ICR = Earnings Before Interest and Taxes (EBIT) / Interest expense


-EBIT is the company’s net income before deducting interest and income taxes. It can usually be found on the company’s income statement.

-Interest expense is the total interest payable on any borrowings, such as bonds, loans, or lines of credit.

Let us understand this with an example.

Suppose company X has an EBIT of Rs. 50 lakhs for the financial year and its interest expense for the same year is Rs. 10 lakhs. Now, the interest coverage ratio will be calculated as follows:

ICR = 50 lakhs / 10 lakhs = 5

How to interpret interest coverage ratio

Interest Coverage Ratio (ICR)Interpretation
1 or lessThe company may struggle to cover interest expenses and might become a defaulter.
1.5 to 2The company has enough funds to meet its interest obligations.
2 or moreThe company has strong financial health and can cover interest expenses comfortably.

In the above example, the ICR of company X was 5. This means it earns five times more than its interest obligations, indicating a sound financial position and lower risk for lenders and investors.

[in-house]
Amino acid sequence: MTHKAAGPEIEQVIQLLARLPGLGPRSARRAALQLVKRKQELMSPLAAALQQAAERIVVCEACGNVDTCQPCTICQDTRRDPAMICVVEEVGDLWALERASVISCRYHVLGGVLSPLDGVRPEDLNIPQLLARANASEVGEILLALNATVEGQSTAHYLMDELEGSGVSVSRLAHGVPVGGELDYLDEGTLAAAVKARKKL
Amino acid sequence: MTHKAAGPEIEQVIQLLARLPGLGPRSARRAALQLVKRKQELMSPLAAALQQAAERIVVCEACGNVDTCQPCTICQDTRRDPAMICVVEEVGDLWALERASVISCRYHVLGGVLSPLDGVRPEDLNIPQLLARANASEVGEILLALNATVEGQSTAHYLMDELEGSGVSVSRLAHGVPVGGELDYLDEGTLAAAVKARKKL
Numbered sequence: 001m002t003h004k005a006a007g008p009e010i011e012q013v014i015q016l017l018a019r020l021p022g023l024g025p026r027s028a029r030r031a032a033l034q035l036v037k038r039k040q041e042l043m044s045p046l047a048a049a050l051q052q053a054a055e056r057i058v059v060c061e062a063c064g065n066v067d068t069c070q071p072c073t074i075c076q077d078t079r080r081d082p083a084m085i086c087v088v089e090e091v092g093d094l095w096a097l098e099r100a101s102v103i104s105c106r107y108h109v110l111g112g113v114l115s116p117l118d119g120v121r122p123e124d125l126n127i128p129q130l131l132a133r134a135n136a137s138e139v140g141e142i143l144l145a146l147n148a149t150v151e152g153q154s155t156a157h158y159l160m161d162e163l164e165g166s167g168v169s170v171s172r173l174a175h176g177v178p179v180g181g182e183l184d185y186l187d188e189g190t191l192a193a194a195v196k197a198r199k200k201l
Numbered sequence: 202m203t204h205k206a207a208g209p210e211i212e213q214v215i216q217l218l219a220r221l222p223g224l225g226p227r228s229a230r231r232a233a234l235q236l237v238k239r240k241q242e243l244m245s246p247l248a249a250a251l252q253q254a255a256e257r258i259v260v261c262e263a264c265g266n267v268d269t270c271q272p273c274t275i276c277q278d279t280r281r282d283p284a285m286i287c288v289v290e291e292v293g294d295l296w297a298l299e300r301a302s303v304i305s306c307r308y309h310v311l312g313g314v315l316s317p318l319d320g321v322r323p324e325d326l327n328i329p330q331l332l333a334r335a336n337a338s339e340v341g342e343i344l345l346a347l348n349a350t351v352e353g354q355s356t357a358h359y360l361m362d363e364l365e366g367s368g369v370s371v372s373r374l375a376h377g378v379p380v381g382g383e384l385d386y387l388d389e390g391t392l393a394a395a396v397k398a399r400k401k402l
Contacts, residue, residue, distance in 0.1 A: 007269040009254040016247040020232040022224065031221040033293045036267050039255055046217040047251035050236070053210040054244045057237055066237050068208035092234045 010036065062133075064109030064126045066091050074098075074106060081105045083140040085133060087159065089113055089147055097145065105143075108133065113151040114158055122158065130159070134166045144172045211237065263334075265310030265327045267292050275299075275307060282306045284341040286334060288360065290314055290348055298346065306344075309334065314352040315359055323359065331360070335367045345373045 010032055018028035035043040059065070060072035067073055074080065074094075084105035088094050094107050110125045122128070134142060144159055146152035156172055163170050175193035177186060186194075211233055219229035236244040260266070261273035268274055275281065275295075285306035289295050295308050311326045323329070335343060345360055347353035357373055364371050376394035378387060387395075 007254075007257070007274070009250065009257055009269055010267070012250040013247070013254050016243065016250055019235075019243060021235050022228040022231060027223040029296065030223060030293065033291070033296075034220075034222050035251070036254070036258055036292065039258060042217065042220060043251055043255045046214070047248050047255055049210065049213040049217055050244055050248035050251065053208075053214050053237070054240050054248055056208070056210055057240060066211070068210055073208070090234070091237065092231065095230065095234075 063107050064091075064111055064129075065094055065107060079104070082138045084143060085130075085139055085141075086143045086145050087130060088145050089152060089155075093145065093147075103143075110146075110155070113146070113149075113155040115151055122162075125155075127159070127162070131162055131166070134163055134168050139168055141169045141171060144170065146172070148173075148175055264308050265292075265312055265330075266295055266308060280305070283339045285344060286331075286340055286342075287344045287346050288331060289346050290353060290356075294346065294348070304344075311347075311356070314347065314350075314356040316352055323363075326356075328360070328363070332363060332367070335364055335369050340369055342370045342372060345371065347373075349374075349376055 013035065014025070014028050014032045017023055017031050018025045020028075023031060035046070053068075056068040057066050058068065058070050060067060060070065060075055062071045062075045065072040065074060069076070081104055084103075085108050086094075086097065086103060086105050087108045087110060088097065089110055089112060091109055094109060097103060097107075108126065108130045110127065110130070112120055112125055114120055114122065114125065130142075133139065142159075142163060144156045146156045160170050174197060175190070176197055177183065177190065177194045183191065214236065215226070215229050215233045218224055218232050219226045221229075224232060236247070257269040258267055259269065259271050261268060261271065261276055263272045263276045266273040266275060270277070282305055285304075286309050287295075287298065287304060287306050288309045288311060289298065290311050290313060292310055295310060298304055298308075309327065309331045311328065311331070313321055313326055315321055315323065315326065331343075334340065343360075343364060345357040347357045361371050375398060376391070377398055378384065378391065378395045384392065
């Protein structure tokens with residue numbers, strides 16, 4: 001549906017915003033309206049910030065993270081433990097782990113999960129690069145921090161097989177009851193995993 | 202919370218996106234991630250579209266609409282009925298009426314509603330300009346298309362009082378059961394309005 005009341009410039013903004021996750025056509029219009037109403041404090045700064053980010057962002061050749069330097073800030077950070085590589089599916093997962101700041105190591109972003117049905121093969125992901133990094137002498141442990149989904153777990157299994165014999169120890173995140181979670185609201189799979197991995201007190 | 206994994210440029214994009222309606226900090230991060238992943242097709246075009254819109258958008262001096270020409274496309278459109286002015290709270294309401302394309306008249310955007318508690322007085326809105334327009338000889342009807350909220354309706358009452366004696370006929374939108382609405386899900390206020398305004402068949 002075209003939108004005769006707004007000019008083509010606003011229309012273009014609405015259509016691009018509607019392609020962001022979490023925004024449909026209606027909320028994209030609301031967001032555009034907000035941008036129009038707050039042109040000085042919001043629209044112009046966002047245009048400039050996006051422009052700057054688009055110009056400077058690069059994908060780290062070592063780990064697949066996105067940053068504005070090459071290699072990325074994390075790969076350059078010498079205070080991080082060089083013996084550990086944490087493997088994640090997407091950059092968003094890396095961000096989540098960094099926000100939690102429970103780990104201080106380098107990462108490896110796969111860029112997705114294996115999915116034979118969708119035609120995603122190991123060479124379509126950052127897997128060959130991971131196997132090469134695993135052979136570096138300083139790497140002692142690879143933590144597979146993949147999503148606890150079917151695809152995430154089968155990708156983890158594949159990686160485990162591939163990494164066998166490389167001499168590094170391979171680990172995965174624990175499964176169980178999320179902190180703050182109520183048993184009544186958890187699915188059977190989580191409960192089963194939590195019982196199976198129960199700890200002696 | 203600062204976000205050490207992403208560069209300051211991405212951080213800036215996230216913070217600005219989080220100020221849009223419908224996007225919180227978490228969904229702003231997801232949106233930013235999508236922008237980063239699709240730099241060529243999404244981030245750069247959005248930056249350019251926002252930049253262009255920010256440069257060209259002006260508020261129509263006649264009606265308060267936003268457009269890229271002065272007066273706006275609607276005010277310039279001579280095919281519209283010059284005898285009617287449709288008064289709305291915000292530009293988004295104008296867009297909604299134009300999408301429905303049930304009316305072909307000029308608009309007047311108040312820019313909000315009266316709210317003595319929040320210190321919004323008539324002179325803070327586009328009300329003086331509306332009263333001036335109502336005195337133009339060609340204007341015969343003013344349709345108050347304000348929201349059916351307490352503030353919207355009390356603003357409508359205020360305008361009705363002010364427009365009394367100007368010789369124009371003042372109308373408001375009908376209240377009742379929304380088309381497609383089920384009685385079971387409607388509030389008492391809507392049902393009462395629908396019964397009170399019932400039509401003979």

Types of interest coverage ratios

Besides EBIT, you can calculate ICR using different ways such as:

1. EBITDA interest coverage ratio

This ratio is more lenient than EBIT as EBITDA (Earnings Before Interest, Taxes, Depreciation, and Amortization) adds back depreciation and amortization expenses, providing a broader view of the company's operating cash flow available to pay interest expenses.

2. Fixed charge coverage ratio (FCCR)

This financial health ratio measures the company's ability to meet all its short-term financial obligations, including expenses like lease payments.

3. EBITDA less capex interest coverage ratio

This ratio measures the number of times a company's EBITDA can be used for interest expense after deducting the capex.

4. EBIAT interest coverage ratio